The Rest of the Story

So, I’m at the point in my web serial where I can either continue to post, or wrap up the online portion. My latest work-in-progress, Hard as Roxx, also started as a serial. But due to spotty readership and my unhappiness in posting a 1st draft, I turned it into a novel. Two drafts later, and it’s my favorite book.

Similarly, while eating lunch today, I had a gust of insight as to the rest of the story line for Skip Tracer. As one might expect, it will be a mystery with quite a bit of romantic intrigue, as well as cross-country (or beyond) manhunt, with a few other twists thrown in. Being naturally twisted, plot turns come easily for me.

I am already about a month ahead in the writing, given the posting frequency, and I can continue to lay out the story here, as my 1st draft, or I can just focus on writing. Doing a web serial is a bit like washing your underwear in public. People are bound to see some stuff you didn’t want to show. However, I think it forces me to try to keep the pacing quick and the story tight; plus, it gives folks a chance to see my writing style, and perhaps buy my books. (I’ll be releasing 2 in paperback later this year.)

Anyway, feedback is welcome. I have the usual blog dilemma: people “like” who don’t read and others read but don’t interact. If no one cares, I’d just as soon use the energy elsewhere, so let me know what you think. I’d still like this to be an interactive exercise.

So what do think: keep it a web serial or switch to writing a book?

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10 thoughts on “The Rest of the Story

  1. B.J Jnr, there is only one reason for doing anything (not true but it sounds good) and that is because you want to.
    Writing is such a personal thing, and blogging is about as weird as you want it to be.
    Writing books (it seems to me) is about reaching a specific audience. You need to reach enough of them to make a buck so you have to write a certain way.
    Blogging might be about sharing something with only a few people.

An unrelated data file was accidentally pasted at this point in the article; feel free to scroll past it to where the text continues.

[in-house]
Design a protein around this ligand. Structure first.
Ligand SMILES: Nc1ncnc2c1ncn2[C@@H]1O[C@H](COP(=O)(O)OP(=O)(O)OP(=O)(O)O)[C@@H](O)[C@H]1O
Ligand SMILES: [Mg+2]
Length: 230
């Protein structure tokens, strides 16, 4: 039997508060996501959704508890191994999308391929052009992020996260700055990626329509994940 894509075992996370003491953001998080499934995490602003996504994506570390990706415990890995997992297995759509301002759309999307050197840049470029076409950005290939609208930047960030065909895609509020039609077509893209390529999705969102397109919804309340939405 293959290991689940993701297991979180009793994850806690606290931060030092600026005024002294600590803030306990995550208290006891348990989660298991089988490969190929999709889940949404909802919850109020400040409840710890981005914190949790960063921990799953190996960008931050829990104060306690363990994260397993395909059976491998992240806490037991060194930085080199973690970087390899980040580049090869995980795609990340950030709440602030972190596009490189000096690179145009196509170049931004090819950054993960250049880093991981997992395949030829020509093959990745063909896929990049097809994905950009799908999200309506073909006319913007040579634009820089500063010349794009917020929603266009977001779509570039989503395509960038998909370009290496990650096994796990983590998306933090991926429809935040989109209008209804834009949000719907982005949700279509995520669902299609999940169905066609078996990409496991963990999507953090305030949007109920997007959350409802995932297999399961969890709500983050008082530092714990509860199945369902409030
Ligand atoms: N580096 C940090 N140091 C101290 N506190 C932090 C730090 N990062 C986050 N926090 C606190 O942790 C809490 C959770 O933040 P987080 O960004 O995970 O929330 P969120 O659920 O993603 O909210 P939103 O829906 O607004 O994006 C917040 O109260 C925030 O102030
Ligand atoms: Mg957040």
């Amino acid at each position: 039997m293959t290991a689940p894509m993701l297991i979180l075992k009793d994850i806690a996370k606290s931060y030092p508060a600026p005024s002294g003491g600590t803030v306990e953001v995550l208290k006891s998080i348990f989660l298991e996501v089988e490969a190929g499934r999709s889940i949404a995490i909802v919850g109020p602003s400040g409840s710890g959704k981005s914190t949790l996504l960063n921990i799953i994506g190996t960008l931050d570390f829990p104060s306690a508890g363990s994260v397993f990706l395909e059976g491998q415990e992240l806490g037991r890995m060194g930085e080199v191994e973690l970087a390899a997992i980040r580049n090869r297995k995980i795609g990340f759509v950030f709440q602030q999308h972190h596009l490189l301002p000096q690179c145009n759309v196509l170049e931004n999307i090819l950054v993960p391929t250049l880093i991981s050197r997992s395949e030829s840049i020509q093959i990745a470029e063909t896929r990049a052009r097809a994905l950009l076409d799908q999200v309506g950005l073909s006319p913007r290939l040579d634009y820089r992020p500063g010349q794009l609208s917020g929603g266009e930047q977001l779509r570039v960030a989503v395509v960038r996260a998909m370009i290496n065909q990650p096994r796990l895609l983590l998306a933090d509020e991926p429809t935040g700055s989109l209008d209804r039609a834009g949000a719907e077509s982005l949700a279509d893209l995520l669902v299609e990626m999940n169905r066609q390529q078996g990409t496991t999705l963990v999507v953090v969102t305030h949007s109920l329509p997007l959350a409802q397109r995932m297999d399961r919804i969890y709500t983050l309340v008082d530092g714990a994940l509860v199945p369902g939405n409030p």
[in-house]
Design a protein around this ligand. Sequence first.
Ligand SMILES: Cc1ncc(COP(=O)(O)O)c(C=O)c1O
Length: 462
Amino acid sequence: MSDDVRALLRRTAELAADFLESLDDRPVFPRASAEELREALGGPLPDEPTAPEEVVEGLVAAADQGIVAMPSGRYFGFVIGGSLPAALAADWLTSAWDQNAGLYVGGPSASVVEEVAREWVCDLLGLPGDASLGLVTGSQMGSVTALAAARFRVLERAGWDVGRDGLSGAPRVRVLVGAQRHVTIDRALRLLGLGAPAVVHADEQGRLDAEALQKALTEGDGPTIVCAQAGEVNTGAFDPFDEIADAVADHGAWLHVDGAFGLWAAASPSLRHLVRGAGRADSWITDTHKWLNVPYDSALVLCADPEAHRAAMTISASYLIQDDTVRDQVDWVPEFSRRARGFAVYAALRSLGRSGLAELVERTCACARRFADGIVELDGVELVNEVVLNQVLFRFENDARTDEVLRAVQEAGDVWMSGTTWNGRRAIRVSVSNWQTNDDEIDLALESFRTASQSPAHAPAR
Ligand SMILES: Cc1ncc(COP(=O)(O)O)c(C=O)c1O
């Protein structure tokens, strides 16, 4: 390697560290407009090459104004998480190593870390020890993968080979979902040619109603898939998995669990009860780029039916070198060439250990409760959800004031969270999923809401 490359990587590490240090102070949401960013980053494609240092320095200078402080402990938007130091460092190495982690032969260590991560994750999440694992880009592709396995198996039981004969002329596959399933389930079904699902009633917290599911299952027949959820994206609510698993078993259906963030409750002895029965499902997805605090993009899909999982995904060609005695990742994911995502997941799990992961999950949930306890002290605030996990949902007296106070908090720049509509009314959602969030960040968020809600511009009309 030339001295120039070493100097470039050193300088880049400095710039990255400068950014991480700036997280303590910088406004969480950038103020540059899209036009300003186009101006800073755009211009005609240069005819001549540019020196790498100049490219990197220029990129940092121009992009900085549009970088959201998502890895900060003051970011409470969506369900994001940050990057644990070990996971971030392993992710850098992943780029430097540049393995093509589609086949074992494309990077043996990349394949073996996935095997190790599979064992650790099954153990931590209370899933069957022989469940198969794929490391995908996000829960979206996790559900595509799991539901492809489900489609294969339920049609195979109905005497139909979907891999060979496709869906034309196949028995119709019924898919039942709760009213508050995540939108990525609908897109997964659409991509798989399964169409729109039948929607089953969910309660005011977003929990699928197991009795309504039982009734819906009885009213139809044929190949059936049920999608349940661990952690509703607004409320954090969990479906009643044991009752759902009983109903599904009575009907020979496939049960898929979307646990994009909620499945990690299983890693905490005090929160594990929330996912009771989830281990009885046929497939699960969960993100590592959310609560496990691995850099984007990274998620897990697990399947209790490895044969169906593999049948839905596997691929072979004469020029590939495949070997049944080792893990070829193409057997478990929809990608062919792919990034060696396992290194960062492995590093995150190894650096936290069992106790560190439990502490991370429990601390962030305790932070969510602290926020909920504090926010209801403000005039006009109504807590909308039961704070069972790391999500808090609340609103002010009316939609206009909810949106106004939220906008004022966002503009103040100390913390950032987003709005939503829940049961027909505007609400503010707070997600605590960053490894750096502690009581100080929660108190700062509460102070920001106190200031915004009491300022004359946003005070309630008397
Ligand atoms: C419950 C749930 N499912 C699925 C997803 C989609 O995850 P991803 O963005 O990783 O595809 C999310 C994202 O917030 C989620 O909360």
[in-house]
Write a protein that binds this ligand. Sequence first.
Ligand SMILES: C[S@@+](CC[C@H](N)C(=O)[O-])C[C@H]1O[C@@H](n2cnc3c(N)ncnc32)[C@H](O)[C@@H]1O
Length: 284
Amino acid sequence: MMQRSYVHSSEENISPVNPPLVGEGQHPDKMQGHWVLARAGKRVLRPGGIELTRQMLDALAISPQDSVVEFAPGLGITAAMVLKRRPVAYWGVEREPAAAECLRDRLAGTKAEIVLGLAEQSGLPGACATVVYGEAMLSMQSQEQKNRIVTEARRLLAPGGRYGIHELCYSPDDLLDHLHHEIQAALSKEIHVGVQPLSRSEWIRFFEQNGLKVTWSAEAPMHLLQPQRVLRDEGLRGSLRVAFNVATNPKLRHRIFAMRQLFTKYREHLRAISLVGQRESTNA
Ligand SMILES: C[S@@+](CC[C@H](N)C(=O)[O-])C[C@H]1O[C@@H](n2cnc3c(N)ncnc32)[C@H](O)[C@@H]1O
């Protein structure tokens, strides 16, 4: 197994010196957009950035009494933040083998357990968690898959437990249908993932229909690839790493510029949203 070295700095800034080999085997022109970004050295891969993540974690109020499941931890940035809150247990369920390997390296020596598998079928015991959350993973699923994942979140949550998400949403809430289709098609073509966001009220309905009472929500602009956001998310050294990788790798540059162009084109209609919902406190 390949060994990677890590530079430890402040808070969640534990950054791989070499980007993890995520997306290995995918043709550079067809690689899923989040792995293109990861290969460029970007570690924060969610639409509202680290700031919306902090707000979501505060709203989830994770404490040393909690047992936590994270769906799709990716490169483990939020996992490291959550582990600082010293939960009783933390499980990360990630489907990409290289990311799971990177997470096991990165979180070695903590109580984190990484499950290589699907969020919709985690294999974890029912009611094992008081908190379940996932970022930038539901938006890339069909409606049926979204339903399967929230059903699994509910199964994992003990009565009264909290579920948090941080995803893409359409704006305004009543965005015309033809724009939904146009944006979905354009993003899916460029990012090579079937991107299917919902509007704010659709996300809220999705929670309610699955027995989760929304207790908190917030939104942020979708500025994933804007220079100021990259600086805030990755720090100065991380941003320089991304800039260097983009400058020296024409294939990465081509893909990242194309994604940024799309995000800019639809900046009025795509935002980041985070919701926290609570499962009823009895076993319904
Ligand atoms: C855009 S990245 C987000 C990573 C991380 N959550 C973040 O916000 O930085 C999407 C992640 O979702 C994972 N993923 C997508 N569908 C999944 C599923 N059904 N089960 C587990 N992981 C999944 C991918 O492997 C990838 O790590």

How big an audience do you need?
    For a long time I wrote for a potential audience of 6000, but I actually had no idea how many of those people read my stuff, let alone liked it.
    With blogging I have a mix of ‘likes’ and ‘reads’ which gives me a bit of an idea of how I’m going. For me it beats the hell out of 6000 faceless dudes who may, or may not like what I read.
    For a long time my ‘known audience’ consisted of three people. I’m like every other creative person, I like people to like what I do, but I have to say that I enjoyed the fact that these three people ‘always’ liked what I wrote, and I have to keep reminding myself that for a time that was enough for me. It is a really big deal to have even one person who keeps coming back and enjoying your stuff.
    Terry.
    P.S. Thank you for all the likes.

    1. Terry, thanks for the feedback. I really appreciate your taking the time. I’ve actually reached the point in writing that I’m not even sure I care if my books are sold. I’ve made no effort to publish the latest one, for instance. The main reason I asked the question now, is that it’s early in the process, and I’m still not sure the idea of a web serial works. I blog, as much as anything, so I can learn from the interactions with people. I honestly don’t care much about numbers.

      What I’m finding weird about a web serial is that it’s pieces of stuff, and writing this way is BRAND NEW to me. So, as much as anything, I’m trying to figure out if this is working, or whether I need to learn and change something.

  2. Allyson Mellone

    Bill, I’ve read every story posted for “Skip Tracer.” I spend my down time reading in a mode I call “physical reading.” I know, it’s getting to be so un-modern to read a book, but holding and turning the pages of a book makes me a part of what I am reading. I have learned to read serials online. I am currently enjoying “Skip Tracer.” To finish it, I would read it in book format if you decide to turn the story into a novel. I hope this helps you. I have not commented because I was waiting till the end.

    1. Allyson, thanks so much for the feedback. I must admit, I like “real” books too. I have a Kindle, but rarely use it anymore. I’ve not really read any web serials, so I probably need to find out how long they should be. 🙂

  3. Hi Bill,

    I voted that you continue to post here and if you decide to turn it into a novel- even better! Like Allyson mentioned, there’s nothing like turning the page of a good book but I also love the connections these platforms give us. Either way, it’s important to honor how you feel, to trust your inner guidance and allow the creative process to guide you wherever it may. Just know there are folks out here taking an interest in what you have to share, even if we don’t always leave a formal comment. 🙂 Lots of Love- Namaste

    1. Thank you. That is wonderful feedback. I guess my problem is that I couldn’t tell if the “pieces” I post work. Looks like I’ll just have to take the risk and see what happens. It is starting to feel like a book.

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